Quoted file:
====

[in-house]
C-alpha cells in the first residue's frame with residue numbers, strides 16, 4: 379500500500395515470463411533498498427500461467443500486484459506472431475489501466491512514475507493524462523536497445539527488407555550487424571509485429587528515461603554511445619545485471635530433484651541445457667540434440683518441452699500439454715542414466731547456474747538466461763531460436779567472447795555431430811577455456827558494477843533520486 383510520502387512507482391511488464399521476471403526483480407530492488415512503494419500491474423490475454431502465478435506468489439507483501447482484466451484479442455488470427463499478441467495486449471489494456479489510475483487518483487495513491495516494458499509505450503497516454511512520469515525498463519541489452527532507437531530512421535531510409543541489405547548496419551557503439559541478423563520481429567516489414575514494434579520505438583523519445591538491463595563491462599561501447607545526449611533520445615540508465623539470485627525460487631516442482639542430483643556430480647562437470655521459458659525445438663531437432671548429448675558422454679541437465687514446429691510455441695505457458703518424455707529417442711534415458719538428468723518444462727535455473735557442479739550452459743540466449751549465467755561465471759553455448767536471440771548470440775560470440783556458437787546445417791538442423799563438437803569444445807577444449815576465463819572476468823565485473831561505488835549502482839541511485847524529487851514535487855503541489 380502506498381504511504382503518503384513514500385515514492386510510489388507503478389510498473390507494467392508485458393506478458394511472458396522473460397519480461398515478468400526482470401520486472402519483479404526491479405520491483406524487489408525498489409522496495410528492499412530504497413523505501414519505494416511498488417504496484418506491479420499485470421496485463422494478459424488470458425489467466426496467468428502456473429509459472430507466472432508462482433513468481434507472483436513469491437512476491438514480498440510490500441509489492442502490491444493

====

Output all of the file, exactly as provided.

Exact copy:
[in-house]
C-alpha cells in the first residue's frame with residue numbers, strides 16, 4: 379500500500395515470463411533498498427500461467443500486484459506472431475489501466491512514475507493524462523536497445539527488407555550487424571509485429587528515461603554511445619545485471635530433484651541445457667540434440683518441452699500439454715542414466731547456474747538466461763531460436779567472447795555431430811577455456827558494477843533520486 383510520502387512507482391511488464399521476471403526483480407530492488415512503494419500491474423490475454431502465478435506468489439507483501447482484466451484479442455488470427463499478441467495486449471489494456479489510475483487518483487495513491495516494458499509505450503497516454511512520469515525498463519541489452527532507437531530512421535531510409543541489405547548496419551557503439559541478423563520481429567516489414575514494434579520505438583523519445591538491463595563491462599561501447607545526449611533520445615540508465623539470485627525460487631516442482639542430483643556430480647562437470655521459458659525445438663531437432671548429448675558422454679541437465687514446429691510455441695505457458703518424455707529417442711534415458719538428468723518444462727535455473735557442479739550452459743540466449751549465467755561465471759553455448767536471440771548470440775560470440783556458437787546445417791538442423799563438437803569444445807577444449815576465463819572476468823565485473831561505488835549502482839541511485847524529487851514535487855503541489 380502506498381504511504382503518503384513514500385515514492386510510489388507503478389510498473390507494467392508485458393506478458394511472458396522473460397519480461398515478468400526482470401520486472402519483479404526491479405520491483406524487489408525498489409522496495410528492499412530504497413523505501414519505494416511498488417504496484418506491479420499485470421496485463422494478459424488470458425489467466426496467468428502456473429509459472430507466472432508462482433513468481434507472483436513469491437512476491438514480498440510490500441509489492442502490491444493